The First Thing You Need for Effective Multi-site Collaboration

All 0 Comments

If the weight on your shoulders has gotten heavier trying to provide team members working on a project from multiple locations with a consistent data experience, you could benefit from some pointers in multi-site collaboration. The whitepaper “Moving to the Global Collaborative Economy” pointed out that there are three key requirements for effective multi-site collaboration:

  1. Real-world global collaboration
  2. Impact on organizational speed
  3. Overall enterprise value

To achieve a high level of productivity, especially when members are dispersed, a team needs to be able to work together seamlessly to accomplish real-world collaboration. As a complication, when team members aren’t located in the same office, they need certain safeguards to effectively share work on a project.

There are two leading solutions for working in cloud-based global file systems: Nasuni and Panzura. They have comparable features, but not the same functionality. The main difference is in the way each one manages real-time changes.


Nasuni manages file locks based only on the service running in the cloud, and that service must be enabled in order to collaborate across sites. When it is, the sync interval is recommended to be no less than every five minutes. If it is more than that, write collisions by users are likely, resulting in multiple file versions. File locking is important for ensuring team members do not override each other and cause orphaned versions of a file to be stored on the server.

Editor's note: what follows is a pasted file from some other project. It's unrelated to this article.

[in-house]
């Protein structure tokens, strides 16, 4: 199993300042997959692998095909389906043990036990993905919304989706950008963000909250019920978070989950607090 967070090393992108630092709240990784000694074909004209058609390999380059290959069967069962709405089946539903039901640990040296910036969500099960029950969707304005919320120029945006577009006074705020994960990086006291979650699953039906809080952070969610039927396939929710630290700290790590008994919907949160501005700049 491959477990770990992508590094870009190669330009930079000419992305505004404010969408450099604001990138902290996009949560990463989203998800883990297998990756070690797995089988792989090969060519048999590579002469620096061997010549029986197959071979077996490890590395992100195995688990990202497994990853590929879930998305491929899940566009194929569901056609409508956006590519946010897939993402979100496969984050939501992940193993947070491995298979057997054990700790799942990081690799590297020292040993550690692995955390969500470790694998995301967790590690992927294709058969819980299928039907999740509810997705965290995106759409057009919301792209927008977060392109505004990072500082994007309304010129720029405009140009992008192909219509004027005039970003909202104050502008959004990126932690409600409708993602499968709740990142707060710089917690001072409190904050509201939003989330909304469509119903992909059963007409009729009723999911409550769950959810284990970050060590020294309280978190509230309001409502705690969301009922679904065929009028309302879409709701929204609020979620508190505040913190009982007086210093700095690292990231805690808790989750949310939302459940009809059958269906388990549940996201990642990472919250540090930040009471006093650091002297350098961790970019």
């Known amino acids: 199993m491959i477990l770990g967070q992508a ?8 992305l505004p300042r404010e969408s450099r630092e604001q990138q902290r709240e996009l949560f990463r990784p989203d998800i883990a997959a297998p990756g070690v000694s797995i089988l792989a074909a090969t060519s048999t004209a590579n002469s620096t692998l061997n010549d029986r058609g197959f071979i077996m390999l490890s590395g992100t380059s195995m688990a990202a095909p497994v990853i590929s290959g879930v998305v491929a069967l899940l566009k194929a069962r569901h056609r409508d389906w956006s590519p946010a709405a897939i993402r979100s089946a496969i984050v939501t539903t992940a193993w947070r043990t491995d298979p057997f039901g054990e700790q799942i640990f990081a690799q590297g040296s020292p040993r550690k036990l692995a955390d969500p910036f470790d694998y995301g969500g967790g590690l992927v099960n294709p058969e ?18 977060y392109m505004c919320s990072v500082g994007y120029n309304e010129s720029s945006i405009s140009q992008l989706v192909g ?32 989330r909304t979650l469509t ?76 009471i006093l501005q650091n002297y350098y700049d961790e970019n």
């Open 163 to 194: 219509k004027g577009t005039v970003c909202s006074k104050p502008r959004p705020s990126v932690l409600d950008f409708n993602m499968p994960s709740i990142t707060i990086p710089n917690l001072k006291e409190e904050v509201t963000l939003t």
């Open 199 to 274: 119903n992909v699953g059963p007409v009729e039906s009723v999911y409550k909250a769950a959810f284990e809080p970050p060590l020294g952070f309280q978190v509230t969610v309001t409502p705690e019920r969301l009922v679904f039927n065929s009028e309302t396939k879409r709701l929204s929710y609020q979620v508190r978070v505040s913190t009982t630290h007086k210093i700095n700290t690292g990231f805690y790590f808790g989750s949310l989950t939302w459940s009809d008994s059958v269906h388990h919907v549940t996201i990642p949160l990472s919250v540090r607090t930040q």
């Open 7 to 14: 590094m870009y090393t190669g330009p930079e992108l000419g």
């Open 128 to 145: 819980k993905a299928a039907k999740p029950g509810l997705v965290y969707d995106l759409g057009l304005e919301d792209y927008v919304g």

The more users/filers sharing the same dataset, the slower the updates will be made globally to the file system.

Nasuni is designed so filers must be within 60 milliseconds of the cloud locking service to reliably use advanced locking. For multi-national companies working in the cloud, that’s not really feasible. For instance, Autodesk Revit requires real-time and byte-range locking among all users for some features to function correctly, and Nasuni isn’t able to accommodate those exigencies.

Unless the global lock is applied to all folders, directory updates at two different locations between data snapshots can collide, with only one instance winning (possibly the wrong one).


Panzura provides distributed file and byte-range locking built on a model with concurrent hub-and-spoke plus peer-to-peer functions. Multiple team members can work on the same data sets or even the same file simultaneously from separate locations without collision, overrides or orphaned versions. Peer-to-peer synchronization eliminates the need for versioning, and users receive immediate updated data from the cloud or a peer filer. Simultaneous collaborative work will have no single point of failure, even when using aggressive byte-range and file locking applications like Revit.

A single locking mode for files or bytes simplifies the IT job of implementation and maintenance. In addition, auto-caching works for collaborative directories, which broadens the opportunities for team members to rise above location and time zone complications.

The peer-to-peer infrastructure of Panzura allows mass file permission changes to be distributed locally and synced with the cloud, so the impact on platform performance is reduced.

The combination of cloud sync, peer-to-peer lock and sync function, and enhanced auto-caching capabilities provides an immediately consistent data experience regardless of a user’s location.

To find out more about using Panzura for collaboration, reach out to the experts of the Applied Software Digital Transformation Team and start a conversation with one of the Panzura experts.

Leave a Comment